Articles posted by Radical Socialist on various issues.

Modi will uphold democracy, so please do not oppose him unless you want to be arrested

Modi will uphold democracy, so please do not oppose him unless you want to be arrested

Kunal Chattopadhyay

Narendra Modi has many admirers. They see him as the upholder of development, dignity, Hindutva, so many different things. And they are unwilling to hear any criticism of Modi. Anyone criticising Modi is berated as a pseudo-secular, a supporter of the corruption of the Congress, a leftist who is perceived as a defender of the worst tyrannies of the Stalin era. Avbove all they are opponents of democracy and defenders of dynasty raj, according to the binary vision that is attempted to be imposed. And foremost among these Modi-lovers is not Swapan Dasgupta, or Arnab Goswami, or any other media figure, but Narendra Modi himself. And therefore, Modi, through his police, has struck at those who would dare to question development, dignity, Gujarat’s pride, Hindutva’s ascent. These people are horrible. But who are they? And why this anger of Modi?

Narendra Modi has been spending the money of the Gujarat government in massive adver4tisemnts all over India, in newspapers and in TV channels, highlighting the even more massive statue of Sardar Patel. The BJP –RSs has a fascist agenda, as we have been arguing for a long time. But in order to win power, merely sectarian politics cannot suffice. So they want to appropriate as much of Indian nationalism as is possible. Given that their direct rival for governmental position is the Congress (I),  they are on one hand trying to run down the Congress as a Nehru-Gandhi family affair, (along with other types of attacks on it) and at the same time seeking to appropriate whatever element of nationalism they can from the congress. This is particularly important for them, because in the pre-independence period, the RSS had a sorry role in the freedom movement, and therefore needs to clothe itself somehow whenever presenting its nationalist face. This is where Sardar Vallabh Bhai Patel presents such a useful alternative (though, as we will see, a little flawed). Sardar Patel was a Gujarati. For the chief minister of Gujarat, who is trying to project himself as an all india figure vbased on his real or alleged achievements in Gujarat, the Patel legacy is useful. He cannot fall back upon the other illustrious Gujarati, for by no stretch of imagination can the RSS show Mohandas Gandhi in its pantheon. Patel was a traditional conservative. But Patel was also a staunch nationalist who used every means at his disposal to incorporate all erstwhile princely states in India, and who as Home Minister used ruthless force to put down left wing militancy, in Telangana as well as elsewhere. Patel, unlike Nehru, had never toyed with socialistic phrases. Patel had been a firm anti-communist who as Union Home Minister tried to take steps to curb all the radical left parties.  Even earlier, it was Patel, who controlled the Congress organisation in the 1930s, who had been instrumental in ensuring that while the left carried the burden of left of centre campaigns for the elections of 1937, the candidates would be quite right of centre, and the Congress governments at the provinces would be committed to capitalists and landlords. While this does not turn Nehru into a socialist, this does stress that the free-market right wing economic aspect of the BJP agenda, along with its utmost hostility to any idea of the working class as a class, makes it possible to appropriate Patel in a way that it cannot appropriate Nehru.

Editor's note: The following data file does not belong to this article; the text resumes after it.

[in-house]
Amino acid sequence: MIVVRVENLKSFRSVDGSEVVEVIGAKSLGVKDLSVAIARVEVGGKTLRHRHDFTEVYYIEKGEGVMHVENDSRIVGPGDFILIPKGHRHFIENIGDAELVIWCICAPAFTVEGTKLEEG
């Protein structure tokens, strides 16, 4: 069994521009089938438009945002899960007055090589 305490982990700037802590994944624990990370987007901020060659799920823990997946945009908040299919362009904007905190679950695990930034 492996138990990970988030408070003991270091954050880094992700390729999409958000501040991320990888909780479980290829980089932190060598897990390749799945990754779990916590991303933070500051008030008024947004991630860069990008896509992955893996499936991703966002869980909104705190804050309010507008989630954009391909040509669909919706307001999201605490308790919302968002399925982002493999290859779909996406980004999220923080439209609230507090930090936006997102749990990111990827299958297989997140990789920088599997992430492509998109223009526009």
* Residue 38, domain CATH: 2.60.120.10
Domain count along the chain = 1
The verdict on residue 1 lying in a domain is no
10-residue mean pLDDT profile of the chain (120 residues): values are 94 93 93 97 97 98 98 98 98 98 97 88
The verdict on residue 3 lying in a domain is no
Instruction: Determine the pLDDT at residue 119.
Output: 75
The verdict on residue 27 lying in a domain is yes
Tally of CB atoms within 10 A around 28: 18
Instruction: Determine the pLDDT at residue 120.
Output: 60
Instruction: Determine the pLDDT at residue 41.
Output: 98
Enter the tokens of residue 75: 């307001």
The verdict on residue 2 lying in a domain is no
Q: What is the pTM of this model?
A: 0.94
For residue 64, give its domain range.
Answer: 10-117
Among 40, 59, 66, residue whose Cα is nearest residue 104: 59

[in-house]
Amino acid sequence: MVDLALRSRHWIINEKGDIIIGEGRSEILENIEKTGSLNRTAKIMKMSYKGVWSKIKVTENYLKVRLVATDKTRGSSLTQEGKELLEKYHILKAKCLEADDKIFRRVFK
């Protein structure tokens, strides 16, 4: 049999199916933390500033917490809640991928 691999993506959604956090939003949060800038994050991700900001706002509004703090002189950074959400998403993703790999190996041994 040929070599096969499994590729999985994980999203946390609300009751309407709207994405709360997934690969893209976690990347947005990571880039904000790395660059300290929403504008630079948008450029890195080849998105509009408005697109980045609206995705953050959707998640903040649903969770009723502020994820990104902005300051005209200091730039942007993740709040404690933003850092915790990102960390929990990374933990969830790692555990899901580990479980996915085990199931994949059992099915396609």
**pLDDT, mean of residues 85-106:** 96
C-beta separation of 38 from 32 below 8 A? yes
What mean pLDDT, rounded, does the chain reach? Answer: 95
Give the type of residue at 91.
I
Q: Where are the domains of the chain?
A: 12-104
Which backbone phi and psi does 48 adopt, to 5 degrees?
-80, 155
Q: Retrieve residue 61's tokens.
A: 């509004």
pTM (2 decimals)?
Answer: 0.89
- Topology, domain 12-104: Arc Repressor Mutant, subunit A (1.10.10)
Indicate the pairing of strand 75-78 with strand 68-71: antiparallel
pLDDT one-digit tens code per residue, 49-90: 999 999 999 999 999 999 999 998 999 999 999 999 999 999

The flaw in all this is, as a Union Home Minister, Patel also displayed a rightwing, but non-communal nationalism, and he was to ban the RSS immediately after the murder of Gandhi by Nathuram Godse, an RSS member who had dropped his membership not out of principled change of heart, but because he did not want  to get the RSS involved directly in his activities.

Nonetheless, as we show above, when the BJP is seeking to win over the centre-right support base from the Congress, appropriating Patel is a sound tactical effort.

And so, Narendra Modi has been involved over the past three years in having built, near the Sardar Sarovar Dam, a massive statue of Patel. There will be a 597 feet high statue, which is to be far bigger than the Statue of Liberty. The proposal is for a project involving a bridge connecting the statue on Sadhu island to the bank of the Narmada river, a memorial, visitor centre buildings, a memorial garden, a hotel, a convention centre, an amusement park, research centres and institutes. The total cost is currently estimated to be Rs 2500 crores (US $ 406.5 million). To understand the meaning of this figure we will cite just a couple more figures – Gujarat’s budget for 2013-14 shows a revenue surplus of Rs 4602 crores, while the allocation for labour and employment is Rs. 841 crores.

The problem with all this all-India, possibly global drum beating of Modi, where he is virtually seeking to put up his own statue under the shadow of the Sardar, is the opposition by locals. Villagers of Kevadia and a number of other nearby places wewre bitterly opposed to all this. Activists of Radical Socialist, trade unionists, environmental activists, and local people, have pointed out that the Kevadia Area Development Authority, a body under the government of Gujarat, had clearly projected plans to turn the place into a tourist spot. In order to do so, Sarpanches of 52 villages got letters from the KADA that they should agree to hand over their villages for tourism purpose or else face consequences.